SMITHFIELD, N.C. (WNCN) – Education leaders in Johnston and Cumberland counties on Tuesday voted to make masks optional for students and staff.

The Johnston County Board of Education passed the revision to its mask policy Tuesday by a 6-1 vote. Masks will be optional beginning on Feb. 21.

Cumberland County approved the revision by a 5-4 margin. It will take effect Feb. 16.

Lee County voted to keep its mask mandate in schools.

Johnston County board member Kay Carroll was the lone board member to vote against it. He pointed to the fact that the county is still in the “red,” according to the state Department of Health and Human Services’ transmission map.

“We’ve stated to the parents and everyone here that our goal is to keep kids in the classroom in front of a teacher, and we’ve done a pretty good job about that so far,” he said.

Johnston County Board of Education Chairperson Todd Sutton pointed to the decreasing active COVID-19 cases within the school system.

“The kids and adults primarily only wear their mask when they’re in a school building. So if it was spreading rapidly amongst our students and staff, the active cases would be dramatically higher because they’re not wearing a mask anywhere else,” Sutton said.

“I think it’s time to give the parents the choice. Let them decide what’s best for their student. Let the staff decide on what’s best for themselves.”

​If a school has more 4 percent “percent excluded” by COVID-19, masks will then be required at that school for 10 days. The district will then assess if the school can return to optional masks.

CDC data show every county in North Carolina has high community spread of COVID-19.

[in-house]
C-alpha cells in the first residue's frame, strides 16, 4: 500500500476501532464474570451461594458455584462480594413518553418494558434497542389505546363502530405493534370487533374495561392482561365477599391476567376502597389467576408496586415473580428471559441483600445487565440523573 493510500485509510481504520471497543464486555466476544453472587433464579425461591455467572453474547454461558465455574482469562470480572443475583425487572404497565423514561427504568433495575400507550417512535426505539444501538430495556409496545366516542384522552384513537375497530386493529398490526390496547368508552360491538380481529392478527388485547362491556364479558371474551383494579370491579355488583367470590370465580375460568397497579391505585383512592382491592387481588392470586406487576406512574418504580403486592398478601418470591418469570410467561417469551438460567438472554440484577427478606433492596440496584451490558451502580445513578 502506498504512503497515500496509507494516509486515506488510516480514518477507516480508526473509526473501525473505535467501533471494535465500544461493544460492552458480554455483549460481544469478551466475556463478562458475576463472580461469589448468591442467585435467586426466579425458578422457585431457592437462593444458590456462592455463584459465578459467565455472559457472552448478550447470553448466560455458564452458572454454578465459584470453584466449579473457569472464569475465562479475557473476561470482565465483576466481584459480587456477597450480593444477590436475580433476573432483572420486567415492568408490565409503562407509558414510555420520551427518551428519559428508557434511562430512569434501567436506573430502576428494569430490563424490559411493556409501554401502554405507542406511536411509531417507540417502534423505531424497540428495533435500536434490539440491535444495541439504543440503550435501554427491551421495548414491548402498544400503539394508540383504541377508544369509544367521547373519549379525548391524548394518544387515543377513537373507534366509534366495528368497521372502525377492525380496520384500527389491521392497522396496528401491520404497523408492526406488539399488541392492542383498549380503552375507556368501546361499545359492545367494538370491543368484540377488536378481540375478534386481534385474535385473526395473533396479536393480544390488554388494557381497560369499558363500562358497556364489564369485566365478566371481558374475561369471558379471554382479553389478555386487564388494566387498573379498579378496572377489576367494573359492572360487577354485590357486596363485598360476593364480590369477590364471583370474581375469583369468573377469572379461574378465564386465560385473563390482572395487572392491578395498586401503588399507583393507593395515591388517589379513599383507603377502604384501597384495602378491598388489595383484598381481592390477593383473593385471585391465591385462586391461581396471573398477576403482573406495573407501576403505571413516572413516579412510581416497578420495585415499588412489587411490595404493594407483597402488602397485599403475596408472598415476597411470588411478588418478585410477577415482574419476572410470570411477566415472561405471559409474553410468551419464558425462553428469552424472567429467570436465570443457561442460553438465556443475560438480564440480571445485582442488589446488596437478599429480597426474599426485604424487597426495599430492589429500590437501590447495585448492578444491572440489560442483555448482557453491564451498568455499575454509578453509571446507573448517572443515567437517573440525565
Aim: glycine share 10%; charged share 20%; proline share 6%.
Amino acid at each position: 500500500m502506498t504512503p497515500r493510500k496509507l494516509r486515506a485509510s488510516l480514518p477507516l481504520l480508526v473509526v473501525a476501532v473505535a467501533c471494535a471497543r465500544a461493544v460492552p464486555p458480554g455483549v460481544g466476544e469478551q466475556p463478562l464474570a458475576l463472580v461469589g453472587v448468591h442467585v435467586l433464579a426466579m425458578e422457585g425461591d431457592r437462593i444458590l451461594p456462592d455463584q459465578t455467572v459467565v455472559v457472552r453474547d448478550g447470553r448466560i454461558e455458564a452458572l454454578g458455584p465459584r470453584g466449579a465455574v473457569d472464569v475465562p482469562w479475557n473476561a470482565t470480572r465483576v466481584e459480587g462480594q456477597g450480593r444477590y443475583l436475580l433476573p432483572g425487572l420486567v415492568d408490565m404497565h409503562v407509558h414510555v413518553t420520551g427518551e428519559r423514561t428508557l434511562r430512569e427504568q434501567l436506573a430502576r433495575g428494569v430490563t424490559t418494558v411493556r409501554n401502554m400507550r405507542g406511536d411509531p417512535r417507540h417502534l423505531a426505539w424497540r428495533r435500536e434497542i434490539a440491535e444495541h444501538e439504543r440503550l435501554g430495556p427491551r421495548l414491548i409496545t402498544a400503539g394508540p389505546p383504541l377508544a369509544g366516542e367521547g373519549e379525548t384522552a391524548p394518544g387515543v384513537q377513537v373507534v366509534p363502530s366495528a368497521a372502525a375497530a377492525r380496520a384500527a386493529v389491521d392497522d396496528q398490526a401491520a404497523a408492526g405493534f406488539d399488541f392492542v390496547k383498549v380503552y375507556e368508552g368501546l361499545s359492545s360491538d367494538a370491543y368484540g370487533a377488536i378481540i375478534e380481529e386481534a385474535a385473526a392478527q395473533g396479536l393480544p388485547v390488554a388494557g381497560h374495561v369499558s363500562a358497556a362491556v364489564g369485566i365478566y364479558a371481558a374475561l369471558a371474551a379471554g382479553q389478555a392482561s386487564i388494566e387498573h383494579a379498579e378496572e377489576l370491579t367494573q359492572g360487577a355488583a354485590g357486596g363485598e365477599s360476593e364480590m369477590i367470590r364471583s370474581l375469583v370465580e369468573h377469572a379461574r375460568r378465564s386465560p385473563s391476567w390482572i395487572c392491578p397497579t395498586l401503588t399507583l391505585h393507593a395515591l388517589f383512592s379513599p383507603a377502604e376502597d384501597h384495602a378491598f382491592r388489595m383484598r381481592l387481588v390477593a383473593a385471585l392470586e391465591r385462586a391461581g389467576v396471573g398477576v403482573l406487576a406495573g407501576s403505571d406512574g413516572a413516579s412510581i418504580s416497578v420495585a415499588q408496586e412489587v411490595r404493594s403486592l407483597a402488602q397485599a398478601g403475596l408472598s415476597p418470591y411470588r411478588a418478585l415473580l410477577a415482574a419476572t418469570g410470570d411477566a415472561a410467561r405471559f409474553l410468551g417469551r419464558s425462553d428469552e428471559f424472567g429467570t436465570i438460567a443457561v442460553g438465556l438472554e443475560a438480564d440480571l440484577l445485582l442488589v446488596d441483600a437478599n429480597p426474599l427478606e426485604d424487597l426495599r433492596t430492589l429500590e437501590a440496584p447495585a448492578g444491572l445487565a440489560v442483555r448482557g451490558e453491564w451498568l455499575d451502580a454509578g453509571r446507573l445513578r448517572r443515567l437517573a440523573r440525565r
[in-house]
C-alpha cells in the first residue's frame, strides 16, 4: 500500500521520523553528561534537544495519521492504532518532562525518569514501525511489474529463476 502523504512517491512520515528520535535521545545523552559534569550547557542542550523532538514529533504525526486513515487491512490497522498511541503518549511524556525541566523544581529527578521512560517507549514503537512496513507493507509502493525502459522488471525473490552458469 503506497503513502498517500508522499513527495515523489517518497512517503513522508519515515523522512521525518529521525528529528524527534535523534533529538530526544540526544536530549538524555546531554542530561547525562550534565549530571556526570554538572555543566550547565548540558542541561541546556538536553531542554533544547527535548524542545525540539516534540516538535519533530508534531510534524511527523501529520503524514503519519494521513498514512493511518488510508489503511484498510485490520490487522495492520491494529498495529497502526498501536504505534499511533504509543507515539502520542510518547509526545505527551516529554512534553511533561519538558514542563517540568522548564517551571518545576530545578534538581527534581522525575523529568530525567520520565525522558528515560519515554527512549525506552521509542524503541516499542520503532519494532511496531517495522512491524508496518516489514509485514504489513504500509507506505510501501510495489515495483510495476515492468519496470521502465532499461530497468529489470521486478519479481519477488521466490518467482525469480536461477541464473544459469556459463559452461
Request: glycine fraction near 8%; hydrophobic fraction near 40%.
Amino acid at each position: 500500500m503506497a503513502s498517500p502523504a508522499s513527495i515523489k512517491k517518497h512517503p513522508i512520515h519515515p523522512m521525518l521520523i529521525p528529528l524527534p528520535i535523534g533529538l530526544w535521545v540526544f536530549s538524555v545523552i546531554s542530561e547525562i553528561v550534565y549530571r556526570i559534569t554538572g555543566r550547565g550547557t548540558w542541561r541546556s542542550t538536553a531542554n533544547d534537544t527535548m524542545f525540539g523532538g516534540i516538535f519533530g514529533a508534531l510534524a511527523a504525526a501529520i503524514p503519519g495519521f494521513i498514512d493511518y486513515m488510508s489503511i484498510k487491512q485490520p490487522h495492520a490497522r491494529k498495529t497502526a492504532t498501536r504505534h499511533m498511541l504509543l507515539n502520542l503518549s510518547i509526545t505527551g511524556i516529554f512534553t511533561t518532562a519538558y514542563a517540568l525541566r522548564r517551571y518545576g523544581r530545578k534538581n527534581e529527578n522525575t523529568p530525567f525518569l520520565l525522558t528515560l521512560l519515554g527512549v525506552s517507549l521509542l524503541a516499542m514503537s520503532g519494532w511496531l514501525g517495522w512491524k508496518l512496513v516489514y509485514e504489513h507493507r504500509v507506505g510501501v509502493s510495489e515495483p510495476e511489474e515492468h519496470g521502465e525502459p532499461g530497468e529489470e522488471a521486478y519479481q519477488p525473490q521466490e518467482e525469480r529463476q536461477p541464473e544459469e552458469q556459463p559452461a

That’s why Dr. David Weber, a professor of epidemiology at UNC, said while cases have gone down this month, it’s too early to ditch masks.

“Now is not the time to be changing policy,” Weber said. “Even though cases are down tremendously, we’re still having more cases now than at the peaks of any other surge.”

Weber said while hope may be on the horizon this spring, as early as March, the current percent of positive tests and high level of community spread is still far above benchmarks he wants to see in any county.

“But by either of those standards, we are not at that point yet,” Weber said. “Mask mandates in schools have been tremendously successful in protecting children in school from acquiring COVID.”

The president of the educator’s association in Johnston county, April Lee, agreed.

“I think for the health and safety of our students and our staff, holding onto the mask mandate for just a little bit longer would be better just health wise,” Lee said.

But a group of more than a dozen community members and parents like Cara Chester, who pulled her eighth-grader out of public school over concerns with the district, said they want to see the option returned The group is delivering a letter with their demands to the board tonight.

“Our kids deserve to breathe free and at least have the choice of whether they want to or not.” Chester said. “I’ve spoken at school board meetings pretty much the last year.”